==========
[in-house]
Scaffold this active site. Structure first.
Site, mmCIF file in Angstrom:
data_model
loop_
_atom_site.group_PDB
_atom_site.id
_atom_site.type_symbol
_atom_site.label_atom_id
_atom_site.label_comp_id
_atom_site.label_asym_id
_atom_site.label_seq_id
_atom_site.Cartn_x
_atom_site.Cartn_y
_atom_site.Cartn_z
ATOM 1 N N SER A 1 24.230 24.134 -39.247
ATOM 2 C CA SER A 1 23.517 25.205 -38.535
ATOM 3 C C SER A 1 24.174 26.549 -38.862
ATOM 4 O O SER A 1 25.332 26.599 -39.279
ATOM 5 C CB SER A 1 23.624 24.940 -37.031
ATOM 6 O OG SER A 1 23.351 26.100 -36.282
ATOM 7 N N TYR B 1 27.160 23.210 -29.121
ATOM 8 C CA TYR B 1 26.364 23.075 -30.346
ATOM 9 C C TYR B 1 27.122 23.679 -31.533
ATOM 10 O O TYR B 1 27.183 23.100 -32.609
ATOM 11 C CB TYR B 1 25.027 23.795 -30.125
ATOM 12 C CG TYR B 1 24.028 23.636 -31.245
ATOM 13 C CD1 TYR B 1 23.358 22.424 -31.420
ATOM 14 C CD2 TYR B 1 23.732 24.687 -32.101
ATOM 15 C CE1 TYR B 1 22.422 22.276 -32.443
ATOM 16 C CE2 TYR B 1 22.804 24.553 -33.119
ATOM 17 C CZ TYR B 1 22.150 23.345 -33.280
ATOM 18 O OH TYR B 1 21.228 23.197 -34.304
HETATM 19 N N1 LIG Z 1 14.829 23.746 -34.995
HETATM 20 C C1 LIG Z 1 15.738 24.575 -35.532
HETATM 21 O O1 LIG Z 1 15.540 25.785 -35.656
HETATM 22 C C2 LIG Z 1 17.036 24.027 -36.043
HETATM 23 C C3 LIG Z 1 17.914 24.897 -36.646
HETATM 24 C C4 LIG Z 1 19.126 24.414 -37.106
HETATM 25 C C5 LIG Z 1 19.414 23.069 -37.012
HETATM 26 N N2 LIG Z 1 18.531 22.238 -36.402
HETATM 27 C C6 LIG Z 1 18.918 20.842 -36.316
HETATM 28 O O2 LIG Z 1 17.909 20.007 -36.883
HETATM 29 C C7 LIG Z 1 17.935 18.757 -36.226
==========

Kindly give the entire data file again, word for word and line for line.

[in-house]
Scaffold this active site. Structure first.
Site, mmCIF file in Angstrom:
data_model
loop_
_atom_site.group_PDB
_atom_site.id
_atom_site.type_symbol
_atom_site.label_atom_id
_atom_site.label_comp_id
_atom_site.label_asym_id
_atom_site.label_seq_id
_atom_site.Cartn_x
_atom_site.Cartn_y
_atom_site.Cartn_z
ATOM 1 N N SER A 1 24.230 24.134 -39.247
ATOM 2 C CA SER A 1 23.517 25.205 -38.535
ATOM 3 C C SER A 1 24.174 26.549 -38.862
ATOM 4 O O SER A 1 25.332 26.599 -39.279
ATOM 5 C CB SER A 1 23.624 24.940 -37.031
ATOM 6 O OG SER A 1 23.351 26.100 -36.282
ATOM 7 N N TYR B 1 27.160 23.210 -29.121
ATOM 8 C CA TYR B 1 26.364 23.075 -30.346
ATOM 9 C C TYR B 1 27.122 23.679 -31.533
ATOM 10 O O TYR B 1 27.183 23.100 -32.609
ATOM 11 C CB TYR B 1 25.027 23.795 -30.125
ATOM 12 C CG TYR B 1 24.028 23.636 -31.245
ATOM 13 C CD1 TYR B 1 23.358 22.424 -31.420
ATOM 14 C CD2 TYR B 1 23.732 24.687 -32.101
ATOM 15 C CE1 TYR B 1 22.422 22.276 -32.443
ATOM 16 C CE2 TYR B 1 22.804 24.553 -33.119
ATOM 17 C CZ TYR B 1 22.150 23.345 -33.280
ATOM 18 O OH TYR B 1 21.228 23.197 -34.304
HETATM 19 N N1 LIG Z 1 14.829 23.746 -34.995
HETATM 20 C C1 LIG Z 1 15.738 24.575 -35.532
HETATM 21 O O1 LIG Z 1 15.540 25.785 -35.656
HETATM 22 C C2 LIG Z 1 17.036 24.027 -36.043
HETATM 23 C C3 LIG Z 1 17.914 24.897 -36.646
HETATM 24 C C4 LIG Z 1 19.126 24.414 -37.106
HETATM 25 C C5 LIG Z 1 19.414 23.069 -37.012
HETATM 26 N N2 LIG Z 1 18.531 22.238 -36.402
HETATM 27 C C6 LIG Z 1 18.918 20.842 -36.316
HETATM 28 O O2 LIG Z 1 17.909 20.007 -36.883
HETATM 29 C C7 LIG Z 1 17.935 18.757 -36.226